Nucleosome breathing and remodeling constrain CRISPR‐Cas9 function
The CRISPR-Cas9 bacterial surveillance system has become a versatile tool for genome editing and gene regulation in eukaryotic cells, yet how CRISPR-Cas9 contends with the barriers presented by eukaryotic chromatin is poorly understood. Here we investigate how the smallest unit of chromatin, a nucleosome, constrains the activity of the CRISPR-Cas9 system. We find that nucleosomes assembled on native DNA sequences are permissive to Cas9 action. However, the accessibility of nucleosomal DNA to Cas9 is variable over several orders of magnitude depending on dynamic properties of the DNA sequence and the distance of the PAM site from the nucleosome dyad. We further find that chromatin remodeling enzymes stimulate Cas9 activity on nucleosomal templates. Our findings imply that the spontaneous breathing of nucleosomal DNA together with the action of chromatin remodelers allows Cas9 to effectively act on chromatin in vivo.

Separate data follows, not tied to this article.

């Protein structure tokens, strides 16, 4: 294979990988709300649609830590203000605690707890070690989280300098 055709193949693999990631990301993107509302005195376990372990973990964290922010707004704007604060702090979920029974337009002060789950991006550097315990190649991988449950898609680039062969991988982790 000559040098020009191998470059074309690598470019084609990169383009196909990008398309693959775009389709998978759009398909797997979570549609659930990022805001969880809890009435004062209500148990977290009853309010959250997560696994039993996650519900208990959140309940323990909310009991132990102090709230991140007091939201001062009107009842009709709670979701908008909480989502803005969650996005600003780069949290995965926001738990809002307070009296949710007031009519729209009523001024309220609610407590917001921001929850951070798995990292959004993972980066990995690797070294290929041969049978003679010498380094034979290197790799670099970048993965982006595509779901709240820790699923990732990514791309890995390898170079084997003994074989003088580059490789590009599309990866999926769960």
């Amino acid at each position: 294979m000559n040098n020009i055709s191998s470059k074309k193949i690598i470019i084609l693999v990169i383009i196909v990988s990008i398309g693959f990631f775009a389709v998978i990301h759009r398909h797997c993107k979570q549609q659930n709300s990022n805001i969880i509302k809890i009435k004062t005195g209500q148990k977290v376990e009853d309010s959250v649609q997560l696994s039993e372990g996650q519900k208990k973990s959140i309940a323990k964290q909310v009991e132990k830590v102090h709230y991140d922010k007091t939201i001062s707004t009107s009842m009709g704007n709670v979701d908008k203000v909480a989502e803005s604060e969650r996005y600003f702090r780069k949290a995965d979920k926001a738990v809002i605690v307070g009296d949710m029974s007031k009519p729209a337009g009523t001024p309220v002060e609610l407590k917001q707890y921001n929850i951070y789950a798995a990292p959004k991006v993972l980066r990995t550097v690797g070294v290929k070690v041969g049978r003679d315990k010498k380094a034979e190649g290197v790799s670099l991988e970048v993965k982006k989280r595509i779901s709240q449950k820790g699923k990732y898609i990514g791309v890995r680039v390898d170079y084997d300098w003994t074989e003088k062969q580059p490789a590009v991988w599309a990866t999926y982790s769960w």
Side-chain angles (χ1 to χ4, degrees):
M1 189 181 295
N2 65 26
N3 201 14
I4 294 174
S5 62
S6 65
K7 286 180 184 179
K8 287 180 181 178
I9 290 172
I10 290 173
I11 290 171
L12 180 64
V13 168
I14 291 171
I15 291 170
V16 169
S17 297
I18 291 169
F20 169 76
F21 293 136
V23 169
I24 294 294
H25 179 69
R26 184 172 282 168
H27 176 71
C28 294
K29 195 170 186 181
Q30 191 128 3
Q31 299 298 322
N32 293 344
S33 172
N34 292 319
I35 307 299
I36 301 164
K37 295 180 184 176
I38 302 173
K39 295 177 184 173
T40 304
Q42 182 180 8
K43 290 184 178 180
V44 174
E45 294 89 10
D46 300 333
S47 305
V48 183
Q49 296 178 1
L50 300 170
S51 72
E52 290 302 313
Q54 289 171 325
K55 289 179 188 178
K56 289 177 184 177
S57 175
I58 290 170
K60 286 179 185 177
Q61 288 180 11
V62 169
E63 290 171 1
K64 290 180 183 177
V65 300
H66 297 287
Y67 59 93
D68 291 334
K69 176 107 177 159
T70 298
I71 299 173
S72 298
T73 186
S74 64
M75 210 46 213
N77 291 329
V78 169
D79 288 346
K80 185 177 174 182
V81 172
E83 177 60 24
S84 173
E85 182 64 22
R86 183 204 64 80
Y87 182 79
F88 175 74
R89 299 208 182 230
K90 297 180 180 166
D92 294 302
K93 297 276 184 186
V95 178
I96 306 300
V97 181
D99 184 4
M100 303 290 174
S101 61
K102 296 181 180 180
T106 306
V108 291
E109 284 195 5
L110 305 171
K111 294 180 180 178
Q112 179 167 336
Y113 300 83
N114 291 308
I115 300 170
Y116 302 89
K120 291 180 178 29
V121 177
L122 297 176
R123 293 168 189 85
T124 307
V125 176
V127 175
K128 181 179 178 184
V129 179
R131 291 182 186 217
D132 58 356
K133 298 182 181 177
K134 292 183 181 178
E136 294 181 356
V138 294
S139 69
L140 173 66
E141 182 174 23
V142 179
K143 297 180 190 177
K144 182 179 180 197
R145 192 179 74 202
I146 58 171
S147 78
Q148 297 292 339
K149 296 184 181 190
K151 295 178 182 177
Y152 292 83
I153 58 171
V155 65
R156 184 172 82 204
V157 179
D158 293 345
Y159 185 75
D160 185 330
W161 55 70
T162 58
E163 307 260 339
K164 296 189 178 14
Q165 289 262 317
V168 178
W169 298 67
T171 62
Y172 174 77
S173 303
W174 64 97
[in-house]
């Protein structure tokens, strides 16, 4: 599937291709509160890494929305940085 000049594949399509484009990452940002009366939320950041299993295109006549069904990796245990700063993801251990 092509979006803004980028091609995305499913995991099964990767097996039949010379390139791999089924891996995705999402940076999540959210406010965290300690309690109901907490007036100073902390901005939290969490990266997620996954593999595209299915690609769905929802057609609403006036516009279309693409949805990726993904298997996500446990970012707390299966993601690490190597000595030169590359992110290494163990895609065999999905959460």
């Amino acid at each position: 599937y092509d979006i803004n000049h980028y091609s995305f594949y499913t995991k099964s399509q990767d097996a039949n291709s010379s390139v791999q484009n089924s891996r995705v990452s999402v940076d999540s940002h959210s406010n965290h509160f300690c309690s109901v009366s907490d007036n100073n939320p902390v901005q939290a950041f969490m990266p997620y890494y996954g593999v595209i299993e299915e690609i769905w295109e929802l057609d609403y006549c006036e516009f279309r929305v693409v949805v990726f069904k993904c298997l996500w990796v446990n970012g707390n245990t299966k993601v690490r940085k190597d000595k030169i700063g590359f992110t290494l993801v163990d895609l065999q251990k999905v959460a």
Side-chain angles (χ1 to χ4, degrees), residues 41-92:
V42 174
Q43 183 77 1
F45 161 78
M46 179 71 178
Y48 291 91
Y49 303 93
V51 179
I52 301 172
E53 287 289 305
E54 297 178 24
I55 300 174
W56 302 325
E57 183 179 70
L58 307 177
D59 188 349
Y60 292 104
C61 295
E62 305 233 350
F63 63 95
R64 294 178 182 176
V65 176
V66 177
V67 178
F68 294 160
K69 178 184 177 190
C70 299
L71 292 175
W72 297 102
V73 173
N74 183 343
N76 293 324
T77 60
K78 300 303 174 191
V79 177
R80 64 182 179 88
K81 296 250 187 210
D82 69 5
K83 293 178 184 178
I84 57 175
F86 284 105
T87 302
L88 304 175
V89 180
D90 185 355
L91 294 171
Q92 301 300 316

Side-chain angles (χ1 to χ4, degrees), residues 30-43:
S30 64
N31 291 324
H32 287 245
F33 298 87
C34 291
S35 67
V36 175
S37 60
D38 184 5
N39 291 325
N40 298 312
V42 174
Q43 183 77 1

Article and author information
- Karen Adelman, National Institute of Environmental Health Sciences, United States
- Received: December 2, 2015
- Accepted: April 16, 2016
- Accepted Manuscript published: April 28, 2016 (version 1)
- Version of Record published: May 25, 2016 (version 2)
© 2016, Isaac et al.
This article is distributed under the terms of the Creative Commons Attribution License permitting unrestricted use and redistribution provided that the original author and source are credited.
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